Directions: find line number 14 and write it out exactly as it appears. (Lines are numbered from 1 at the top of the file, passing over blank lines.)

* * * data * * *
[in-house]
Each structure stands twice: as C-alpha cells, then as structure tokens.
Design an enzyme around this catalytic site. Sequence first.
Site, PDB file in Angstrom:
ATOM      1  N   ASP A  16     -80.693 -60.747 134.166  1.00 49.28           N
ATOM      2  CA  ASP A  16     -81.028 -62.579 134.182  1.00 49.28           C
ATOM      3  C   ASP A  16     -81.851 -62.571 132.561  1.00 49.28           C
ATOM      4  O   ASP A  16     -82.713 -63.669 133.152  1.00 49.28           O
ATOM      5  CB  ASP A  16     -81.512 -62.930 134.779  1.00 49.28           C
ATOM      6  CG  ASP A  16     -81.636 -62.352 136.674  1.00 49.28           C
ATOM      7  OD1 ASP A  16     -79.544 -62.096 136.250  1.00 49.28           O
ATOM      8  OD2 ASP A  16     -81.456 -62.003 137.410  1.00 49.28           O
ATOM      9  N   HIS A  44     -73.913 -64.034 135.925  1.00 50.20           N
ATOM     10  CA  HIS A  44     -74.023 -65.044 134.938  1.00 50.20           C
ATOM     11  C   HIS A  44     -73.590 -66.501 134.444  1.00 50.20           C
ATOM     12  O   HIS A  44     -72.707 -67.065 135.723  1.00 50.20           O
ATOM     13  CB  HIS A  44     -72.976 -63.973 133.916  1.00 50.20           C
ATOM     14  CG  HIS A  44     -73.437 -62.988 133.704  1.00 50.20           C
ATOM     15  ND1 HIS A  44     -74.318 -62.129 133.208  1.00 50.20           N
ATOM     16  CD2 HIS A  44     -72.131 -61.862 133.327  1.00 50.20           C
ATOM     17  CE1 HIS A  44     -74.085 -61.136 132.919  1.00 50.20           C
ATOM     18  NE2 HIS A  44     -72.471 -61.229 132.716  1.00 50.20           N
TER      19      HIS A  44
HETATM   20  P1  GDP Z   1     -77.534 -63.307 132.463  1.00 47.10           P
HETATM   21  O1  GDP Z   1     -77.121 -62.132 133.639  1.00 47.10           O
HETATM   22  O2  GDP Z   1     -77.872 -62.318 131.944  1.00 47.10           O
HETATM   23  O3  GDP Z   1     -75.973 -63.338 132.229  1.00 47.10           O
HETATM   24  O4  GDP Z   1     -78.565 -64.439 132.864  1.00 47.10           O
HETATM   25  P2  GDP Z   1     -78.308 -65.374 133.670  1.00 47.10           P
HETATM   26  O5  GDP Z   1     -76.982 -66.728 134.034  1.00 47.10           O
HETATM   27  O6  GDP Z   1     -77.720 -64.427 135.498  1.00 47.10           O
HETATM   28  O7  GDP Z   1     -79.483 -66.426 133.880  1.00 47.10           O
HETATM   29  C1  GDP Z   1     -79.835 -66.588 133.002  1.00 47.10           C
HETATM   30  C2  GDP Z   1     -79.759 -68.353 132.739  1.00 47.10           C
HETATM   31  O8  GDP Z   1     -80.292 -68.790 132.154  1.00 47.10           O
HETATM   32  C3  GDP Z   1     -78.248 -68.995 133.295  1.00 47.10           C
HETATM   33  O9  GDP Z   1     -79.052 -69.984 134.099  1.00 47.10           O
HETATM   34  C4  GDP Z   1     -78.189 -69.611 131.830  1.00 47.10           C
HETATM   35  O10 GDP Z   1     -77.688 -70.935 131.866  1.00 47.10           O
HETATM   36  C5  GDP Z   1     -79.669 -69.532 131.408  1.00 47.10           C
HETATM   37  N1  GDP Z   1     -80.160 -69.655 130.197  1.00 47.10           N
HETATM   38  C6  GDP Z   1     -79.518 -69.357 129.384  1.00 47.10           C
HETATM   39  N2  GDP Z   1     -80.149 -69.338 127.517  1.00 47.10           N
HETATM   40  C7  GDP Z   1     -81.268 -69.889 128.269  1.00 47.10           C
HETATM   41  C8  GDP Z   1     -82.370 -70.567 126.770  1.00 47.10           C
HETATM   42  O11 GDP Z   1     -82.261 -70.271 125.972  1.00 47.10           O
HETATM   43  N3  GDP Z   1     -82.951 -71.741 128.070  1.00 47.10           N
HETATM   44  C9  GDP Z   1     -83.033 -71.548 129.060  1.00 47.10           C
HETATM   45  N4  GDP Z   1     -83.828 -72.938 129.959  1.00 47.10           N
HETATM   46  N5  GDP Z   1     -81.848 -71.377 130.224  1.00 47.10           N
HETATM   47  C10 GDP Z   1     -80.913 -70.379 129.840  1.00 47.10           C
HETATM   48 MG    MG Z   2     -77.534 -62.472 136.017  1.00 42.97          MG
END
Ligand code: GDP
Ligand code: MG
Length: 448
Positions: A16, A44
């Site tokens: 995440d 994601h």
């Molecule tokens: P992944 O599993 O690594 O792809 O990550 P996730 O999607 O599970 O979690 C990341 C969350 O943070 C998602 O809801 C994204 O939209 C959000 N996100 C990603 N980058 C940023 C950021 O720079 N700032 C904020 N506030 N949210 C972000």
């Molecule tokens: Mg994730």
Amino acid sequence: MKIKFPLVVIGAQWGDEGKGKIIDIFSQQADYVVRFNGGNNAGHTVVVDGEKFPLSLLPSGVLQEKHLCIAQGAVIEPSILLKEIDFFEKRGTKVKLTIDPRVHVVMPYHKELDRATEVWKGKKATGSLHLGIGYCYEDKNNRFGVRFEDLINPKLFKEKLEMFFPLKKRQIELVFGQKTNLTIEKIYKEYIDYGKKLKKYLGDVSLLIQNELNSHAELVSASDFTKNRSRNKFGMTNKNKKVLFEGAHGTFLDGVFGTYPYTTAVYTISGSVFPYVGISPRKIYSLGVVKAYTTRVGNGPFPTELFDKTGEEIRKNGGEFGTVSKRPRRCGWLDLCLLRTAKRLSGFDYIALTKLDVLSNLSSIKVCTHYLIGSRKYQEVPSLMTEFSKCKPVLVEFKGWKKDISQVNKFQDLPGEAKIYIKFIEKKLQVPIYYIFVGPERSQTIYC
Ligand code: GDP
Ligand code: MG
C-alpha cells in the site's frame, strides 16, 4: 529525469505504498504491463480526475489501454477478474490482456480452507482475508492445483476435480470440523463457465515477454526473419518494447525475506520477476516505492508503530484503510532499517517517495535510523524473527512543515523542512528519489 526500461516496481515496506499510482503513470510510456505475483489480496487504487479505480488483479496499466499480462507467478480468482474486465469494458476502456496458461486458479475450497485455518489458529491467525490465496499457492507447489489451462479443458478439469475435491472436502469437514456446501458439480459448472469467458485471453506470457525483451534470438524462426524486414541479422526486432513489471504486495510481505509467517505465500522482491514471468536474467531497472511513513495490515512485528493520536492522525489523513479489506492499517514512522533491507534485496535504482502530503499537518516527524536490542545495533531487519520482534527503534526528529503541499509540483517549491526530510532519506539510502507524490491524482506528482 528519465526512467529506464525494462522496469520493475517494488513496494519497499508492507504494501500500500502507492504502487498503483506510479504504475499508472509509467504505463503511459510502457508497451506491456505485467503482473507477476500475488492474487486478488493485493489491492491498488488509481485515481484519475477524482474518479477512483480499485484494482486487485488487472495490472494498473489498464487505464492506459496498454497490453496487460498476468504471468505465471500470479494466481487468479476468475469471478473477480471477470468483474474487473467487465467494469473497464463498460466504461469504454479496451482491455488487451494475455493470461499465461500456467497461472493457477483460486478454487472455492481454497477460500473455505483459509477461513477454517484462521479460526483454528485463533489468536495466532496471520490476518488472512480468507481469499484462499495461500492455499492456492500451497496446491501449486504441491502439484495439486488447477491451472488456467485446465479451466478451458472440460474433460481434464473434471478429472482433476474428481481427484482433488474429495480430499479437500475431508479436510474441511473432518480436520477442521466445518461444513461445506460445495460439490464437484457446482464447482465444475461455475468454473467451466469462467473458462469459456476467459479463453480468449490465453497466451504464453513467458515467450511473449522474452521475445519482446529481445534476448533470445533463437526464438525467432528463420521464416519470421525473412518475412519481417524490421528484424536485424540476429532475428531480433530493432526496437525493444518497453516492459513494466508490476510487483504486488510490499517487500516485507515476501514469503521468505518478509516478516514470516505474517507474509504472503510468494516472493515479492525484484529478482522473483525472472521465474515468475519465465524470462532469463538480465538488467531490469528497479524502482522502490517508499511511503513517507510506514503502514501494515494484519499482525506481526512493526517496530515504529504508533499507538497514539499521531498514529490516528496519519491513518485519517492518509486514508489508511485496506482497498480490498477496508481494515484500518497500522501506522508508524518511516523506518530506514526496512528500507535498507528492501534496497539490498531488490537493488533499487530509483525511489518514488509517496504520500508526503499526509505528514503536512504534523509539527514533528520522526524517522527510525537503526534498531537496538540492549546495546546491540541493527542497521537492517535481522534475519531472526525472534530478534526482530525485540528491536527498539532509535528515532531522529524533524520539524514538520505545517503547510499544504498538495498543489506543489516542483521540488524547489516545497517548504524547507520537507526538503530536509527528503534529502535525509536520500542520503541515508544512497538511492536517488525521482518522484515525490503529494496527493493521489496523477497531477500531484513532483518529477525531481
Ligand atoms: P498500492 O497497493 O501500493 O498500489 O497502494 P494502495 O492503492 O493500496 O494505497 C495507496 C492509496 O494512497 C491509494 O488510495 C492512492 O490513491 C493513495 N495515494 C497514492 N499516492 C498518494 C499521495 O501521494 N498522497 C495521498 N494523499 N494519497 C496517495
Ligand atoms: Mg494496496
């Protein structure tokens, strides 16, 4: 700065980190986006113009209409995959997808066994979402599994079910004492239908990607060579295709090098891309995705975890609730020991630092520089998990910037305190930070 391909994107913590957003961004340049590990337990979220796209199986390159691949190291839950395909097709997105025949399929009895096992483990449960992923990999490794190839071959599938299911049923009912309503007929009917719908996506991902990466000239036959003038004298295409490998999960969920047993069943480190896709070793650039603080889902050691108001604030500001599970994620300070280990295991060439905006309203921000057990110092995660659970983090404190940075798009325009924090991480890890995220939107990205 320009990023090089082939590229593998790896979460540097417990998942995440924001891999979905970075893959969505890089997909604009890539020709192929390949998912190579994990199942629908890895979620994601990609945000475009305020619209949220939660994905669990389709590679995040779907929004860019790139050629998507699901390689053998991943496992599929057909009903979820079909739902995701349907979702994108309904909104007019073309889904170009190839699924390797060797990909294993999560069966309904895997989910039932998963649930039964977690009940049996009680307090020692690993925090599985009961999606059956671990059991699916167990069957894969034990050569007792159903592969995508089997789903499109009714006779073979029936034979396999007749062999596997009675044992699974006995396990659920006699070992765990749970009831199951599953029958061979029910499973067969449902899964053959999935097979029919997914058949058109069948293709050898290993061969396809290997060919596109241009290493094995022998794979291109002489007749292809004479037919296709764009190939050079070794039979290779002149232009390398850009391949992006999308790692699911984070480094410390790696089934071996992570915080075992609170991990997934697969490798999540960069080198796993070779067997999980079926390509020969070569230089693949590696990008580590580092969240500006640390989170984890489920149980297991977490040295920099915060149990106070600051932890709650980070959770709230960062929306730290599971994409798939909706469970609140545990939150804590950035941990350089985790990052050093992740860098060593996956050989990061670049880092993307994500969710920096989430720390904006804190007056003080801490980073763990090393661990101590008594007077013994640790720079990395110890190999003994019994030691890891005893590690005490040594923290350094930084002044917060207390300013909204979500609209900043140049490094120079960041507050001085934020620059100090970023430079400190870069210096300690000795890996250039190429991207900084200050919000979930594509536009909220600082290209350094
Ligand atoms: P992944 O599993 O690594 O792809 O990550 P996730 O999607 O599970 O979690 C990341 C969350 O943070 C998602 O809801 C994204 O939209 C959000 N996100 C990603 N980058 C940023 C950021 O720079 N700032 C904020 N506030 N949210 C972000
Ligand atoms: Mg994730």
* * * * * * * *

ATOM     10  CA  HIS A  44     -74.023 -65.044 134.938  1.00 50.20           C